Domino Effect: The Syrian Civil War Spills Over into Lebanon

Lorenzo Meloni explores the consequences of ongoing conflicts in the Middle East, highlighting the human toll of war

Lorenzo Meloni

Lorenzo Meloni Interior of an apartment on Syria Street destroyed by the fights, where the sectarian fights between Sunnis and Shiite are more violent. Tripoli, Lebanon. November, 2013. © Lorenzo Meloni | Magnum Photos

In the north there is a war between the Shi’a and the Sunnis.
In the south lies Israel, the constant enemy.
In the east, the Syrian conflict is overflowing in the country.
In the west lies the sea, a journey with no return for many.

“Will there be a war?” is the question that the Lebanese have been asking for the past three years. ‘Peace’ meanwhile has already killed more than 400 people and injured more than 2000. The Syrian conflict is reflected in the life of every Lebanese.


Lorenzo Meloni The funeral of Mohamed, 16 years old. He was a resident of Bab Al Tebbaneh. Tripoli, Lebanon. August 24, 2013. © Lorenzo Meloni | Magnum Photos
Lorenzo Meloni Two sunni militiamen during the aftermath of a bombing adjacent to the Al-Taqwa Mosque. Tripoli, Lebanon. August, 2013. © Lorenzo Meloni | Magnum Photos
Lorenzo Meloni Relatives of victims of the 'Indonesian boat'. In September around 30 Lebanese sold their properties and paid smugglers to take them by boat to Australia. The boat sank in Indonesian waters, killin (...)
Lorenzo Meloni A young sunni militiaman, Abu Omar, 20, fights Alawite gunmen. Tripoli, Lebanon. October, 2013. © Lorenzo Meloni | Magnum Photos

The solution put in place by the ‘State’ includes military checkpoints where soldiers are ordered to not intervene but are instead asked to be spectators and often victims of stray bullets. This is a ‘security plan’ according to Lebanon, at least until a winner in the lumbering Syrian conflict is established, at which point the Lebanese politicians will finally be able to rejoice in front of microphones and cameras.

When the snipers fail, bombs become necessary. The results of bombs in mosques and markets are not just the dead. The roar of the explosions, the flickering of the glasses, the smell of smoke and the funeral processions remind everyone that every place is a potential frontline. Fear generates further chaos and the dead more revenge. On the explosion sites, there isn’t the Red Cross trying to save lives. Instead there are Sunni or Hezbollah militiamen looking impassively at the scene. Where the State cannot, or does not want to intervene, the flag of security and safety unites the extremists.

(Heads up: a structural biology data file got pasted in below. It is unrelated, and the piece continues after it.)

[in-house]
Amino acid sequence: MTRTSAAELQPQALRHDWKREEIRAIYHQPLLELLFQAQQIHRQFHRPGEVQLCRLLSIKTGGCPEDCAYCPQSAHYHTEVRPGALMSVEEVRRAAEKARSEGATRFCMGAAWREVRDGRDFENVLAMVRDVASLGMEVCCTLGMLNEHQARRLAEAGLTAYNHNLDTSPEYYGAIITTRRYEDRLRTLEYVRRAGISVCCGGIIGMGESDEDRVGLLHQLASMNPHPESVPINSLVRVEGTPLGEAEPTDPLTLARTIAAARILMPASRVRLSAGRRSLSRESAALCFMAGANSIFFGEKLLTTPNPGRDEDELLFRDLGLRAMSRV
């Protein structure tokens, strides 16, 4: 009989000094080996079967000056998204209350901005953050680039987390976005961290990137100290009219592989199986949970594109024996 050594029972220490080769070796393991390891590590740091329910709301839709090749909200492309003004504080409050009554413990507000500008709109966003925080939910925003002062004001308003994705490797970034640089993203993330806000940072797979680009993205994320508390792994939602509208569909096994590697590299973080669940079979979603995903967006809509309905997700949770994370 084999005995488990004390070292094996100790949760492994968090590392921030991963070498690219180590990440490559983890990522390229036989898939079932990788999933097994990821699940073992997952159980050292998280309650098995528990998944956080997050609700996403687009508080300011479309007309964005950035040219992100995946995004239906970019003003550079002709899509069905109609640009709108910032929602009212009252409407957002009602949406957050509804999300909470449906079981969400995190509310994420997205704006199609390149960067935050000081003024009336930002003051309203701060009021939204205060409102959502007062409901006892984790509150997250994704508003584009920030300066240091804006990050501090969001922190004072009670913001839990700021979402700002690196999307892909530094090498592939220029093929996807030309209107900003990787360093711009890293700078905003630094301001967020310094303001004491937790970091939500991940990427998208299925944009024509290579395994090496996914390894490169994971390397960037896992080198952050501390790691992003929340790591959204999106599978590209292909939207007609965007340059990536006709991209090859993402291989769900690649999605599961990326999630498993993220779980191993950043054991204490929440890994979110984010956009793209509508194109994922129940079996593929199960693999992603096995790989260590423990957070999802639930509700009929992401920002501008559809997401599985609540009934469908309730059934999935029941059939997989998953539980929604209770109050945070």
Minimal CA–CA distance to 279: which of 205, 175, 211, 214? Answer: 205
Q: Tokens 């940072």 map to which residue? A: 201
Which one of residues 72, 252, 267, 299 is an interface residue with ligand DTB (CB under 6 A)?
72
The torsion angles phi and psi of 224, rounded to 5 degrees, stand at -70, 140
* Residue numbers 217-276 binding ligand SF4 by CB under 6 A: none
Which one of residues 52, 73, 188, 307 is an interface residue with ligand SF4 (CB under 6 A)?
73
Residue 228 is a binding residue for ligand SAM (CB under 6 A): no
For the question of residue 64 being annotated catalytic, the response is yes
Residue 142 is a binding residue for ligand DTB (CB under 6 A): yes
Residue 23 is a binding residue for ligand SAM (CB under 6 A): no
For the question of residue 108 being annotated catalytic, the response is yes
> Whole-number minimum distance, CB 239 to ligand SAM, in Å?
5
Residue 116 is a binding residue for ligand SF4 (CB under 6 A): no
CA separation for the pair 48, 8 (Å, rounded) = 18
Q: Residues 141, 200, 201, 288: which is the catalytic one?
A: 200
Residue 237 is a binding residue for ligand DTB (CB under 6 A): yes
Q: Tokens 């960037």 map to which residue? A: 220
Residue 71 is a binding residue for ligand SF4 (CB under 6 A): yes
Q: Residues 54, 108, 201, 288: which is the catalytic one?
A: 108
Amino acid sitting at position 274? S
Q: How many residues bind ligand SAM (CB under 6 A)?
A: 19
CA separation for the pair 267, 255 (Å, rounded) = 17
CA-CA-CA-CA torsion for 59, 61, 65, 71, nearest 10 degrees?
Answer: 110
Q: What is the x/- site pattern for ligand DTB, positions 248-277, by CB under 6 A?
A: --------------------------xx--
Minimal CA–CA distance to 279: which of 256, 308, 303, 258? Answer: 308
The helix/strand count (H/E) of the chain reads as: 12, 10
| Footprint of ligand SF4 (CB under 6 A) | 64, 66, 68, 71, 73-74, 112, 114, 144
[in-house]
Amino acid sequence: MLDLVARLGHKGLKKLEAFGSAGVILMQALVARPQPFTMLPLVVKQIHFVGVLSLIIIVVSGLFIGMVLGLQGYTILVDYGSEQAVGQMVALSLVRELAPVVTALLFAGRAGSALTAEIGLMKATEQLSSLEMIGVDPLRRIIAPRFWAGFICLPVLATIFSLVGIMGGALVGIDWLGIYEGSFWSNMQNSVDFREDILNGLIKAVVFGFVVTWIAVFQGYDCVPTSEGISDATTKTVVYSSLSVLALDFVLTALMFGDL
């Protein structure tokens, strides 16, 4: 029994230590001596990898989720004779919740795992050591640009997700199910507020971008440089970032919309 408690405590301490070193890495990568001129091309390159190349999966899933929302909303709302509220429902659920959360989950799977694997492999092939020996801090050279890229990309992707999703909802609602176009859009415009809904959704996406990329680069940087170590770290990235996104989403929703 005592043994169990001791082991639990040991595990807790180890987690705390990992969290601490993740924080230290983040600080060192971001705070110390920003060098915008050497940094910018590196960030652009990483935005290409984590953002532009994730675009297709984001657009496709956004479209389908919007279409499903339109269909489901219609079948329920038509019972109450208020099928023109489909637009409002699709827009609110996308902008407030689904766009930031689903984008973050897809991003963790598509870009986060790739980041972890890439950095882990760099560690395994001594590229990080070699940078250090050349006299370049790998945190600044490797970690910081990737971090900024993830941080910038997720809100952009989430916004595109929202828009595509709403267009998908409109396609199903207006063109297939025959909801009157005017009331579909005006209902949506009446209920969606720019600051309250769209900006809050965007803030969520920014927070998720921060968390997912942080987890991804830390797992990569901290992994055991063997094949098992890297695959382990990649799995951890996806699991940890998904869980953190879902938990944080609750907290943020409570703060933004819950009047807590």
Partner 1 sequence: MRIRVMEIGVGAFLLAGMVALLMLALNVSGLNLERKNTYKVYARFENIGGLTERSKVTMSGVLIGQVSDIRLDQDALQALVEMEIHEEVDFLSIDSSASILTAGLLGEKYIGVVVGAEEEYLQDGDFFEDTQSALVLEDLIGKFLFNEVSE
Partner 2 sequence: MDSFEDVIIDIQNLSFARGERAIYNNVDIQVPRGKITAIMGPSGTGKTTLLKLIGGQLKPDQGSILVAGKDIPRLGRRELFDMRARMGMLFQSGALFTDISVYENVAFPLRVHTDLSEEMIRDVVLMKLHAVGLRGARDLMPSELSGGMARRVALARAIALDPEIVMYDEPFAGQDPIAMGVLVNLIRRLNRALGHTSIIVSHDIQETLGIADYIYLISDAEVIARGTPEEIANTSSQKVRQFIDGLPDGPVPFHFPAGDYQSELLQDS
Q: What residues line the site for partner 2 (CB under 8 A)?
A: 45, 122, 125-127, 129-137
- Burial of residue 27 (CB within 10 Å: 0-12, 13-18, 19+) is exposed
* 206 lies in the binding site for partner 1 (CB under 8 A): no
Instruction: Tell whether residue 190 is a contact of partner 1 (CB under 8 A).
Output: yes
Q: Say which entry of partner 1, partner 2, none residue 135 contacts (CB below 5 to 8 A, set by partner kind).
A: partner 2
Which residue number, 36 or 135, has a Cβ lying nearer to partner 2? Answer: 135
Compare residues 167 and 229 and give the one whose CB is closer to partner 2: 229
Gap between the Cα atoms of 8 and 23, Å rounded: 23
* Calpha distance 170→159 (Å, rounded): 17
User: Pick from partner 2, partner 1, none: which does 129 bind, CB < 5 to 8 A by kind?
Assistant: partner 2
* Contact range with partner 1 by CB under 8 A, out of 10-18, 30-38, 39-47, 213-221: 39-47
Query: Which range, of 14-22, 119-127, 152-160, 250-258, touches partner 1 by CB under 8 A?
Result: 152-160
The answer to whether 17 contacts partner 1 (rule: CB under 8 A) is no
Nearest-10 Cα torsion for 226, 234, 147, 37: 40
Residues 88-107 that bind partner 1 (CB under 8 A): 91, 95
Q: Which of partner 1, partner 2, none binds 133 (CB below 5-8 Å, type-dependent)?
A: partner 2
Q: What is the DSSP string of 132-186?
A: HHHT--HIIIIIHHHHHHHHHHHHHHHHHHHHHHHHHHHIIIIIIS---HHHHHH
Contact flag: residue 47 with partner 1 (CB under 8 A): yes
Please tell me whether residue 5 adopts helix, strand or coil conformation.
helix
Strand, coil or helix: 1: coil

Lorenzo Meloni The aftermath of a bomb explosion adjacent to the Al-Taqwa Mosque in the Al-Zahiriya neighborhood. Tripoli, Lebanon. August 2013. © Lorenzo Meloni | Magnum Photos

Dividi et impera, divide and rule: this is how the State born from the Sykes-Pikot agreement, after 15 years of civil war without a winner, has learned to rule himself.

Sunni and Shi’a Hezbollah militia, very much tied to the Syrian civil war, fight between each other. The terror strategy has created more and more followers in the extremist groups and now a 50 calibre machine gun is considered a tool of defense.

Lorenzo Meloni Two Syrian refugees in a field hospital. Tripoli, Lebanon. July, 2013. © Lorenzo Meloni | Magnum Photos
Lorenzo Meloni Sheik Ahmed Al-Asir inside his flat in Sidon. The Sheik is one of the most important Sunni salafist leaders in Lebanon. Sidon, Lebanon. 2013. © Lorenzo Meloni | Magnum Photos
Lorenzo Meloni Ahmad, a Syrian fighter of the Katiba Al farouk, in hospital of Arsal. He was wounded by a rocket launched by the Syrian regime forces on the Lebanese border. Arsal, West Beqaa, Lebanon. November, (...)
Lorenzo Meloni Relatives of victims of the 'Indonesian boat'. Tripoli, Lebanon. October, 2013. © Lorenzo Meloni | Magnum Photos

Because of the constant internal and neighboring conflicts, Lebanon does not yet know the meaning of the word peace. Fifteen million Lebanese have already left the country to look for peace, while others seek every possible way to reach those who have left. The four million Lebanese remaining in the country are increasingly divided into factions. They live in a nation divided into many small ‘territories’ and the one million Syrian refugees currently living in the country could critically influence and change the already delicate internal political balance. Generations of Lebanese people have now been living with war as a constant presence in their lives: nothing surprises them, everything is considered to be normal.

Lorenzo Meloni A woman in a Syrian refugees camp, reproaches a child playing with a plastic gun. West Beqaa, Lebanon. October 2013. © Lorenzo Meloni | Magnum Photos
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